I’ve lived long enough to have come up with a few survival tips: wear a seat belt, notice where the emergency exits are located and, when disaster strikes, get the hell out of the way.
The New York Times had an interesting opinion piece Sunday (registration required) on just those strategies. George Bibel, an expert on plane crashes, makes a compelling case for listening to the flight attendant’s safety instructions, keeping the seat belt fastened and making quick with the emergency exiting.
He cites several cases where passengers survived incidents in which commercial aircraft were seriously damaged in the air or on the ground. "In any airplane accident, passengers are five times more likely to survive than to die," he wrote.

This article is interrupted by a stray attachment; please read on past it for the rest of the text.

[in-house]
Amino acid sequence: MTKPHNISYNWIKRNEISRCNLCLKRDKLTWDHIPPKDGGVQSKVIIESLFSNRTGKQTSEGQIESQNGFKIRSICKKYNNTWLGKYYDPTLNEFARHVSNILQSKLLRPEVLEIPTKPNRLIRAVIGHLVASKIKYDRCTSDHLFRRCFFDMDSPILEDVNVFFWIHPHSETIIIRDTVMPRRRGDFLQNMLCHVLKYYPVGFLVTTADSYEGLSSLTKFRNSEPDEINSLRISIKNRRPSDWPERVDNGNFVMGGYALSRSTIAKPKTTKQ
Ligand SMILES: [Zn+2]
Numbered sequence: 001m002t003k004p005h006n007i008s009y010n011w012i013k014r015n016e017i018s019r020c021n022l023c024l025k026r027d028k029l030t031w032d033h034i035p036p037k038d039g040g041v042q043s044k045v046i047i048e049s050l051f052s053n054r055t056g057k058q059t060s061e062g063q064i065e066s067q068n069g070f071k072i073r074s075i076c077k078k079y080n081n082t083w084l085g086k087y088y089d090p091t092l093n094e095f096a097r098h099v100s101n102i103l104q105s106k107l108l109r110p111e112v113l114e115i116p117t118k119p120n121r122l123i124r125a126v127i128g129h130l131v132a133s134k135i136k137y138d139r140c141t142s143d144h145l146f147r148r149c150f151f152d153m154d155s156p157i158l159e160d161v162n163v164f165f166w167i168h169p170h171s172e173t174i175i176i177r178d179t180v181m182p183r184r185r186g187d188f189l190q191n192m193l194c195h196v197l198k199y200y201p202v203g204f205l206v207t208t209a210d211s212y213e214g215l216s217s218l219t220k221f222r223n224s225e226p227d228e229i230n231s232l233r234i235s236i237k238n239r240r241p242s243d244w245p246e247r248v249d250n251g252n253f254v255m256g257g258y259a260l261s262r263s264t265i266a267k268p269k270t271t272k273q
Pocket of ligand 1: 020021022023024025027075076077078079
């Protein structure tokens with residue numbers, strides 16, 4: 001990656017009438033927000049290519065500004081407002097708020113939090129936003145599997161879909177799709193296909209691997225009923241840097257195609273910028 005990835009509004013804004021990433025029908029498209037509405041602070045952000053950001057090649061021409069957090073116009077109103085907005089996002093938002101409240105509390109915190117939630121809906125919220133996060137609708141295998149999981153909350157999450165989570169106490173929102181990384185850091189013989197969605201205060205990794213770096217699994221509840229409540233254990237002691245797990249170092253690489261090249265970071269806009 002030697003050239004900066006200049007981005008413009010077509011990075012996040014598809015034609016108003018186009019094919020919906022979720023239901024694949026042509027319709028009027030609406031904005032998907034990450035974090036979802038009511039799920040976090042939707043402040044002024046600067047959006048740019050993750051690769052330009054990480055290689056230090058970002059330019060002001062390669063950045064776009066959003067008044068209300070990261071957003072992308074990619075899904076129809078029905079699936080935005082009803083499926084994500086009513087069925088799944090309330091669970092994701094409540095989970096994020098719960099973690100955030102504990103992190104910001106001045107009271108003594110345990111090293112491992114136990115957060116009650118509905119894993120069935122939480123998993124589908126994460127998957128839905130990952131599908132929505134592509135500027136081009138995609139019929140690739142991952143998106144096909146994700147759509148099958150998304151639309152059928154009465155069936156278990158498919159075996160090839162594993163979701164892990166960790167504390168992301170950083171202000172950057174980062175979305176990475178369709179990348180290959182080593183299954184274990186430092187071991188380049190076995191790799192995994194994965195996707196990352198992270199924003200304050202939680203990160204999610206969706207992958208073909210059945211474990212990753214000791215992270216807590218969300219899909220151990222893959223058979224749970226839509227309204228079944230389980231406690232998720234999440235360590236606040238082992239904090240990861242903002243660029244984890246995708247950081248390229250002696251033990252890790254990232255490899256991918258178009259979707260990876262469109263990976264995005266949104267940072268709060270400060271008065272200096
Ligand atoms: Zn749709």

He also mentioned some cases where quick evacuations of planes on the ground were critical to saving lives.
And yet more than half of passengers admit to tuning out the flight attendants’ safety spiels. (OK, I’m guilty, too.)
Maybe I don’t need to hear for the thousandth time the same instructions about keeping the safety belt belt low and tight across my lap. But I’m still going to take a minute to figure out where the exits are.